There are two types of tests that can be performed. A polysomnogram (PSG) or Multiple Sleep Latency Test (MSLT). A PSG entails wearing headgear that monitors snoring, respiratory effort, and position of body. It can be performed at home (ambulatory PSG) or in an office setting (overnight PSG). An overnight PSG is more accurate than an ambulatory PSG as it allows for monitoring of limb movement and electrical activity of the brain. A MSLT is always conducted in a sleep lab and entails monitoring the patient has they make four separate attempts to fall asleep. It is particularly useful for diagnosing narcolepsy. These tests are performed in a sleep lab.
This test uses small electrodes applied to the scalp by a technician. The patient is asked to perform various activities such as hyperventilate and attempt to sleep while the electrodes passively measure the brainís electrical activity. This test is often performed when seizures are suspected. This test is performed in a neurophysiology lab at the hospital.
This test is almost always performed in conjunction with the nerve conduction study (NCS). During this test, a very thin needle is pushed into selected muscles of interest to listen to the muscleís electrical activity. This test provides indirect evidence for injury of nerve roots leaving the spinal column or to make a diagnosis of a systemic muscle disease (myopathy). This test is performed at the neurology office.
A nerve conduction study (NCS) involves a series of small electrical shocks administered to nerves traveling in the upper or lower limbs. This is particularly helpful to localize sites where a peripheral nerve has been compressed as it travels across a joint. This test is performed at the neurology office.
Evoked potentials (EPís) involve a series of small electrical shocks delivered to the ankle or wrist while electrodes applied to the hair measure the brainís electrical activity. This is a helpful test when there is a concern for injury of the spinal cord. This test is performed in a neurophysiology lab at the hospital.
A carotid duplex is a test performed using a probe held to the neck which emits painless ultrasound waves. Using information gleaned from the ultrasound, the structure of the carotid arteries along with the pattern of blood flow within the carotid arteries can be visualized. Sometimes ultrasound is also used to look at the blood flow of the arteries in the skull and this test is called a trans-cranial Doppler (TCD). This test is performed in a vascular lab at the hospital.
A lumbar puncture (LP) is also known as a Ďspinal tapí. The brain and spinal cord float in cerebrospinal fluid (CSF). The CSF contains waste products and can be helpful to analyze when a disease involves the central nervous system. This CSF is collected in the low back so as to avoid injuring the brain and spinal cord in the process of collecting the fluid. The entire procedure takes less than 30 minutes to perform. This test is performed in the outpatient surgery wing of the hospital.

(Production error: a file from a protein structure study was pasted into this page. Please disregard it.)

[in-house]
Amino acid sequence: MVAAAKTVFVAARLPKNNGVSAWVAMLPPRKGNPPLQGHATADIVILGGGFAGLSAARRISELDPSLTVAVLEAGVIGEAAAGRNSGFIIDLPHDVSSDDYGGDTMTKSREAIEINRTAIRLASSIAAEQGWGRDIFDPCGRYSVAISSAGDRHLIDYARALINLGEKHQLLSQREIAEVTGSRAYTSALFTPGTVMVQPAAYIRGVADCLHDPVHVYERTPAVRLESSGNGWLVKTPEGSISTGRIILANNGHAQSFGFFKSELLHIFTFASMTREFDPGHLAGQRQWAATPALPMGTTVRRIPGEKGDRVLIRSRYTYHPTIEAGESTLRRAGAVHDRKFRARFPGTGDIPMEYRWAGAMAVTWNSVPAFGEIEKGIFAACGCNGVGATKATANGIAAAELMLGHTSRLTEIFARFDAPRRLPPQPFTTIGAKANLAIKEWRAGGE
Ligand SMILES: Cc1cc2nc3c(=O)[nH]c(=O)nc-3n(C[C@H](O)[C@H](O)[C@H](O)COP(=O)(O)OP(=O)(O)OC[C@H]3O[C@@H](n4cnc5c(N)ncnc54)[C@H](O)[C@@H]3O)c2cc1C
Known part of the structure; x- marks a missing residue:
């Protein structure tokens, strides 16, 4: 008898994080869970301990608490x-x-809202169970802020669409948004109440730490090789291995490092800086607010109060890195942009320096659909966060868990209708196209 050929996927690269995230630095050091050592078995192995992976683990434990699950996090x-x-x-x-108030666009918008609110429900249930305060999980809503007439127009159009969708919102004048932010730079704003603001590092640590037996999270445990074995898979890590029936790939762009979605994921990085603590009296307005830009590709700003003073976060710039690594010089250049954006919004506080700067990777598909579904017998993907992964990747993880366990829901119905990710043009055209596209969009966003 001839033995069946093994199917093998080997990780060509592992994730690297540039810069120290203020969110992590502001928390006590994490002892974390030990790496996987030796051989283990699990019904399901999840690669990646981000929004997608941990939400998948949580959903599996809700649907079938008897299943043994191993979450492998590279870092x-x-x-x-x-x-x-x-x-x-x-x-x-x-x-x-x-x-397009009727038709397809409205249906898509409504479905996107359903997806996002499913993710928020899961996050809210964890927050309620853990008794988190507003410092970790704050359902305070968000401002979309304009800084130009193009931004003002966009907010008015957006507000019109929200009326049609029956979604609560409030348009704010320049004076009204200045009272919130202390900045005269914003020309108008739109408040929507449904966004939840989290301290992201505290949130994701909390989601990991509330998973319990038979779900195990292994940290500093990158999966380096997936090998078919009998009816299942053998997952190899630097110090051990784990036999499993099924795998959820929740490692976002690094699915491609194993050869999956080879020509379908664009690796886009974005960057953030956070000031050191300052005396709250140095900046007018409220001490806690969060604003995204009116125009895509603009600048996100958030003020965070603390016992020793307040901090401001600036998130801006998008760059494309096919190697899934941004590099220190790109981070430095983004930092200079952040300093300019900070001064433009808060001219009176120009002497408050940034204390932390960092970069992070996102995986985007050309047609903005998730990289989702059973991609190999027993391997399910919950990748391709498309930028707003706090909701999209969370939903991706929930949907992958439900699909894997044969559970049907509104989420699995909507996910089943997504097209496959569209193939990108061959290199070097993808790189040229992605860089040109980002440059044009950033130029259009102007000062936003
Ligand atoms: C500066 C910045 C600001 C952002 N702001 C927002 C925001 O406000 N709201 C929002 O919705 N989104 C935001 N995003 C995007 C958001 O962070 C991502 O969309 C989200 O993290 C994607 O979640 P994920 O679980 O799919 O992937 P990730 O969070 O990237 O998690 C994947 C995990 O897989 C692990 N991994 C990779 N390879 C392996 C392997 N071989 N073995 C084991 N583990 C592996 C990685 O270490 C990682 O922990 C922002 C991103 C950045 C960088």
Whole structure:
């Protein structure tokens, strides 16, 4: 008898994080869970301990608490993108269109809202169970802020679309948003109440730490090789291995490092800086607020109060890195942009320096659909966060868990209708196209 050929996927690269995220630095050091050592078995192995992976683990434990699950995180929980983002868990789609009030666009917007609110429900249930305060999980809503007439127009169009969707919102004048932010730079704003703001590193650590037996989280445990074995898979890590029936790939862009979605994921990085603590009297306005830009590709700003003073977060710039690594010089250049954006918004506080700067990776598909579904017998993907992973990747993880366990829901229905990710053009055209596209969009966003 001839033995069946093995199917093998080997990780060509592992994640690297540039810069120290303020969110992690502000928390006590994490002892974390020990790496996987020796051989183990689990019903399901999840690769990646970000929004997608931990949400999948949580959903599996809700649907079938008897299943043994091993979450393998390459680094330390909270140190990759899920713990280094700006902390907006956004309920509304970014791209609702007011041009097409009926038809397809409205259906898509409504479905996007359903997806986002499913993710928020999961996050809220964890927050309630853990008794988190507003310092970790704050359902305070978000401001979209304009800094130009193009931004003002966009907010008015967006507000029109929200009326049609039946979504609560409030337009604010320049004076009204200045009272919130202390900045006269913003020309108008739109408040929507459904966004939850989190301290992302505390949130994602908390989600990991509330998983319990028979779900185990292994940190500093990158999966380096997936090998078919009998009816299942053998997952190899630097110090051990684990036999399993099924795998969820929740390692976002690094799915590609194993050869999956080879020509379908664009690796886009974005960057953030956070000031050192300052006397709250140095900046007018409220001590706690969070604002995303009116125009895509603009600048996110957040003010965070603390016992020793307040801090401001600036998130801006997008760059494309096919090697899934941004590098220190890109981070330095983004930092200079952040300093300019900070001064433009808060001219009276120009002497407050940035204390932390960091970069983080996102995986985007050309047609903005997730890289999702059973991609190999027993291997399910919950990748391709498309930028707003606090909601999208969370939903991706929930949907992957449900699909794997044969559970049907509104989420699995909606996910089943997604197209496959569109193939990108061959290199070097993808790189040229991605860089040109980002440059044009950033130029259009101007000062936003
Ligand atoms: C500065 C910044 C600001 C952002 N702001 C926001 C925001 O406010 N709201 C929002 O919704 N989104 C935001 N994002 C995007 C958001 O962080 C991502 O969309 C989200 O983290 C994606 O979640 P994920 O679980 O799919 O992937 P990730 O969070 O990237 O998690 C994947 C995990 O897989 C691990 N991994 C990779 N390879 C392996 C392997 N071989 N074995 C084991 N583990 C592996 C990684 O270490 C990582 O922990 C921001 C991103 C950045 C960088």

A small dose of a medicine called Tensilon is administered to a patient suspected of having Myasthenia Gravis. While this short-acting medication is active, a NCS is performed to confirm electrically the diagnosis of Myasthenia Gravis. This test is performed in the neurology office.
Intra-operative Monitoring (IOM) is performed in the operating room (OR). While a patient undergoes surgery on the brain or spinal cord, various electrical tests (EPís, EMG, EEG) are performed continuously to ensure the nervous system remains uninjured.
This involves a neurologist administering a battery of standardized questions which test various regions of the brain. This test takes place in the neurology office.
An Independent Medical Evaluation (IME) involves a thorough review of management for a particular condition followed by a neurological examination. A summary of the conditions, both active and resolved, is created along with a list of recommended treatments. This is a single visit that occurs in the neurology office.
Botulinum toxin is a protein that when injected into a muscle can weaken the muscle temporarily for a period of up to 12 weeks. It is used by neurologists to treat chronic migraines, torticollis, writerís cramp, or post-stroke spasticity. This procedure takes place in the neurology office.
Qutenza Patch Application:
Qutenza is a high concentration patch of 8% Capsaicin. Capsaicin is a naturally occurring compound found in chili peppers that inactivates pain fibers when applied topically. Qutenza is a patch that is applied in the doctorís office for one hour and then removed. It then starts providing relief of post-herpetic neuralgic pain within the next 14 days. This pain relief lasts up to 3 months.